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SummaryEye candy does not make it a better game
The GoodEye candy. The graphics, frequently translucent, overall are very nice. The opening sequence, to the pounding strains of the "1812 Overture" in very obvious stereo, is quite nice.
The BadI bought two copies of this game (off the closeout shelf, of course!) because the box promised LAN play and I have access to a two-computer LAN used mostly for games. Well guess what? Although the game recognizes the LAN and the other copy all right, it won't start a LAN game until at least FOUR HUMAN players on FOUR COMPUTERS show up. Can't substitute a computer player for a human one, and can't have two humans (or one human playing two humans) taking turns on one computer. Now THAT wasn't mentioned on the box!
I'd RTFM (Read The [Fine] Manual) to see if this could be changed, but I can't find a paper one in the box or an electronic one on the CD-ROM.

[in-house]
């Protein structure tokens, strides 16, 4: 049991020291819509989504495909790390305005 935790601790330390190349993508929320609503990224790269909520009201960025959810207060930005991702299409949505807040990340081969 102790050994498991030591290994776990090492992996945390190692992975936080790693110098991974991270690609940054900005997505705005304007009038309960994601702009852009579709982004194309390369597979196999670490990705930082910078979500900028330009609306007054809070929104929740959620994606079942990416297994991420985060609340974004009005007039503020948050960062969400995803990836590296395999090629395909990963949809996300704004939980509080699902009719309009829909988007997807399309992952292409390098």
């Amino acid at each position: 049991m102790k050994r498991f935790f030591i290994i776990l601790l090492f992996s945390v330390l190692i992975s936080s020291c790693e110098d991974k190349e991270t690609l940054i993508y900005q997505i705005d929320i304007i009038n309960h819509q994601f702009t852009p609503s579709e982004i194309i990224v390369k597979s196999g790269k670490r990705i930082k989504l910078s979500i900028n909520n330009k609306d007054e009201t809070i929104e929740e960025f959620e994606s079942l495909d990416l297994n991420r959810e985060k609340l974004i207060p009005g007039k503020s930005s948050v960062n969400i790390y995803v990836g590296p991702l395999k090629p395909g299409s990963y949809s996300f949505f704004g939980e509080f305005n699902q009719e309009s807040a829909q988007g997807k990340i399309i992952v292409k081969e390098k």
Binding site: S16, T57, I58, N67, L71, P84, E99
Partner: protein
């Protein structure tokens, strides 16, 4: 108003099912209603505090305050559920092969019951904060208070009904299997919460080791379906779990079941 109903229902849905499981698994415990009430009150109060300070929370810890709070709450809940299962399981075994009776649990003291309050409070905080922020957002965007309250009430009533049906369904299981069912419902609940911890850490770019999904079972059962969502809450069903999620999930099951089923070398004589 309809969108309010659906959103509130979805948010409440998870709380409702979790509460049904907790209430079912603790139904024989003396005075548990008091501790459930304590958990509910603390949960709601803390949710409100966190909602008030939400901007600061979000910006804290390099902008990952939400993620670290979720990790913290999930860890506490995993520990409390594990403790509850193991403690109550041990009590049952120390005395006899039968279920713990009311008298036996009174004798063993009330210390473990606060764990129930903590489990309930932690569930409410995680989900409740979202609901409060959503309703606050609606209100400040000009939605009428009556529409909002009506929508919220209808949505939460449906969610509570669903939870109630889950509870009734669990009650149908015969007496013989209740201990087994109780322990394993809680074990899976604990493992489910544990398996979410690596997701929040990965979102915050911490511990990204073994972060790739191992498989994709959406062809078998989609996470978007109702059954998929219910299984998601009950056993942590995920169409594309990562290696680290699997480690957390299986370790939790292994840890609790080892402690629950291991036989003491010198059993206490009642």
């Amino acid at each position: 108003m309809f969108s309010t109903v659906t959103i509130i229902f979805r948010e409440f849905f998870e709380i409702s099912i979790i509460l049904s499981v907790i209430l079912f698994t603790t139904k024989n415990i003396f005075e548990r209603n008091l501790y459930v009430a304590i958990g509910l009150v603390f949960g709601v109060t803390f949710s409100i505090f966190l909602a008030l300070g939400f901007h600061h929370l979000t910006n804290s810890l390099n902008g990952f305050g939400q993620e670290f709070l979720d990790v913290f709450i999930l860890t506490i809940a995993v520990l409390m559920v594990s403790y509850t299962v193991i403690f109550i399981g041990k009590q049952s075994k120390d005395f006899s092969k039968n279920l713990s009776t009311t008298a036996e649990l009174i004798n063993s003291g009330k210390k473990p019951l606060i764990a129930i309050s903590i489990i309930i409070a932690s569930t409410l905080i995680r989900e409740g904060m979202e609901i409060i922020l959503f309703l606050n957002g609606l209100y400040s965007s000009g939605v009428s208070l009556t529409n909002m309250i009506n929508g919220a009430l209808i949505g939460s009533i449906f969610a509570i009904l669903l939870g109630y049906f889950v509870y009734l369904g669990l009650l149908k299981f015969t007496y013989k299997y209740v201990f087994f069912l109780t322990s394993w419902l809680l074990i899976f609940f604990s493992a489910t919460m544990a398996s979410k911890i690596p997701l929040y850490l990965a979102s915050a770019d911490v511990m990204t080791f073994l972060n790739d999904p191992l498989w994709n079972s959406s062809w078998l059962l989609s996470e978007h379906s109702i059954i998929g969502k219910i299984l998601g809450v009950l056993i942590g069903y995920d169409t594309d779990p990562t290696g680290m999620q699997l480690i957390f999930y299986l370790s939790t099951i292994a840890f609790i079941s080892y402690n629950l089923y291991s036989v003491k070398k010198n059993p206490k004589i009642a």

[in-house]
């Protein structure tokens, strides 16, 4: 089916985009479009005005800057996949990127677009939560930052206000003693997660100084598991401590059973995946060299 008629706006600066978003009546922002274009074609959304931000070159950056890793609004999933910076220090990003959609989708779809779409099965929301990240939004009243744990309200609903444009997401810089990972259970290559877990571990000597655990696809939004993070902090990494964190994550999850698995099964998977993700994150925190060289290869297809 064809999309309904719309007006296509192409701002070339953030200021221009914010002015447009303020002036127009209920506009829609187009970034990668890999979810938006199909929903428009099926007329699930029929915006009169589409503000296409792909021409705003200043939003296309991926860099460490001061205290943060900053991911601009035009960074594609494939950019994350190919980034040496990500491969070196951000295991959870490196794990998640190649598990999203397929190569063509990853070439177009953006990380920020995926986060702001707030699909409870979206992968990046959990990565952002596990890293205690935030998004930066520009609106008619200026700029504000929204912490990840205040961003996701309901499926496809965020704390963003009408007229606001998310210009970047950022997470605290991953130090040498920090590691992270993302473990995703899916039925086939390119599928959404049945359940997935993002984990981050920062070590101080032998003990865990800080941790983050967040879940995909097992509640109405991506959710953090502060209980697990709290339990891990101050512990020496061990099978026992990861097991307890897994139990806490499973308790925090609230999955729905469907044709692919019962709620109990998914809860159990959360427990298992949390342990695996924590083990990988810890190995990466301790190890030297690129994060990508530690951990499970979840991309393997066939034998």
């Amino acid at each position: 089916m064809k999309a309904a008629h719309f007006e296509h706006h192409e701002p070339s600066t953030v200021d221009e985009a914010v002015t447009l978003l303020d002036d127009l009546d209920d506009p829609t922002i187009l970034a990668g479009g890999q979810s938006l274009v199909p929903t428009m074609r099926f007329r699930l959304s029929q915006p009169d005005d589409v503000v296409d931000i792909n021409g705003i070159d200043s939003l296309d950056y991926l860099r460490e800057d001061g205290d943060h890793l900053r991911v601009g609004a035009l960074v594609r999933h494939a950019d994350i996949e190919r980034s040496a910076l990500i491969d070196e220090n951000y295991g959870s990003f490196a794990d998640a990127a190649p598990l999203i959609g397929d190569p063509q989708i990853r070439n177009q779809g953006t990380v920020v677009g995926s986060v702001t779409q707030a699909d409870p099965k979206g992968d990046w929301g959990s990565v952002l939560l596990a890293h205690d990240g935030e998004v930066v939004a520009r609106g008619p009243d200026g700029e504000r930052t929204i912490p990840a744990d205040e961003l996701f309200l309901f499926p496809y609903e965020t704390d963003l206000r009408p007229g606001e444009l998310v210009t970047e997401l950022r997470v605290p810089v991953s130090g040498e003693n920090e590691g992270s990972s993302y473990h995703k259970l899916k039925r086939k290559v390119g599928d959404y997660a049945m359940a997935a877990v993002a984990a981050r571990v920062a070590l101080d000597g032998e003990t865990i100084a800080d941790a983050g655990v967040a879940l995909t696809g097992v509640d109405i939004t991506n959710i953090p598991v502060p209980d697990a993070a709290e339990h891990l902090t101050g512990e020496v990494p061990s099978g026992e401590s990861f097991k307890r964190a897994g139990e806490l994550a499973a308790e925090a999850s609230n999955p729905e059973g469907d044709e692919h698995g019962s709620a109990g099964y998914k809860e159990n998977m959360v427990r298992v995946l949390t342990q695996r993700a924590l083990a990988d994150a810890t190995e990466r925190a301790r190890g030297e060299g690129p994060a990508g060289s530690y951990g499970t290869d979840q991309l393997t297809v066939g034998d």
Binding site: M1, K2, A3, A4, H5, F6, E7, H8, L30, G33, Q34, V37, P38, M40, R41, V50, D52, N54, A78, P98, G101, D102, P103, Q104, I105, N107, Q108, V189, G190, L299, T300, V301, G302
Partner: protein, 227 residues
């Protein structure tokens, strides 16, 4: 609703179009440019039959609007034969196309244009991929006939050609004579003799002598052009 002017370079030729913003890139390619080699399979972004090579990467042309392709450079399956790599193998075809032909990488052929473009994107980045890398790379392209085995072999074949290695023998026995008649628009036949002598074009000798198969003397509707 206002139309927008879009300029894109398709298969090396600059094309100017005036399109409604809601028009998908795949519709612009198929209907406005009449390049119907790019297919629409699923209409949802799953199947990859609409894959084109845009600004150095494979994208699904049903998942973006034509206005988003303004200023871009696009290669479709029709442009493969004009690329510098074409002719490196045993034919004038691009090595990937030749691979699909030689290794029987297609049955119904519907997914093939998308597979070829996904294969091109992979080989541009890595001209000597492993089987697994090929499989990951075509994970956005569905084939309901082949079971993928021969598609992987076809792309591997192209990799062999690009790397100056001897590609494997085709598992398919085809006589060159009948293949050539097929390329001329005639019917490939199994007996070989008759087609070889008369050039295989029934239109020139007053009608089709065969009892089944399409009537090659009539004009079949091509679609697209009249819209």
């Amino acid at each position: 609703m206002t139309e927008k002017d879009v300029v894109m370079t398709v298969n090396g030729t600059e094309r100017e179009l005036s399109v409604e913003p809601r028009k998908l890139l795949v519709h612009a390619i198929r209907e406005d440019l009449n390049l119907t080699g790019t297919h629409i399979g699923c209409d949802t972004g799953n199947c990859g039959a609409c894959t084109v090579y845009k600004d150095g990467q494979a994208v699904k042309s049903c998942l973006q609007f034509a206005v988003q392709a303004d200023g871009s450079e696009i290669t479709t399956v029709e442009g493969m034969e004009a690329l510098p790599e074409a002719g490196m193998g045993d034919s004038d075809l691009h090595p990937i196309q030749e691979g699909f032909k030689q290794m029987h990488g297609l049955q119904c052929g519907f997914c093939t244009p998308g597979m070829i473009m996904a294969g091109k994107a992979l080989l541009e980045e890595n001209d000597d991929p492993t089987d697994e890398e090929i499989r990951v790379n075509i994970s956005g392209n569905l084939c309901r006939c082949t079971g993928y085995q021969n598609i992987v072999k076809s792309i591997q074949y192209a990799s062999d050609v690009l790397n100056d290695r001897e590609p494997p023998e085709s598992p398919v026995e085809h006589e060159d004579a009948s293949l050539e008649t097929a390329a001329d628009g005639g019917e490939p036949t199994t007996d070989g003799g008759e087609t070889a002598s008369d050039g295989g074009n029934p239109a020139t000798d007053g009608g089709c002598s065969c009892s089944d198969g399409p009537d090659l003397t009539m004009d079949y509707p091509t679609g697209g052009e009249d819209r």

Well, how about "Classic" play against one or more computer opponents? The word is "slow". The graphics, particularly the zoom-in from omniscient overview to country-level shoot-out, look nice but hinder getting on with things. Pretty pictures aren't the point. Killing every opponent who dares to cross me is.
The user interface in general is not geared toward speed. Little windows pop up all the time that need to be clicked in to continue (some of these can be turned off, though). A voice repeats your selections, although what this adds I couldn't tell you. More useful would be an "undo" button to cancel mistakes, the lack of which caused my brother to give up on this game in frustration (me, I don't make mistakes!).
When I wiped out an opponent and gained a matching set of cards, I was NOT allowed to turn them in. This is supposed to be "Classic" Risk! Don't the programmers understand the rules?! How can I continue attacking, or reinforce those countries I just took over?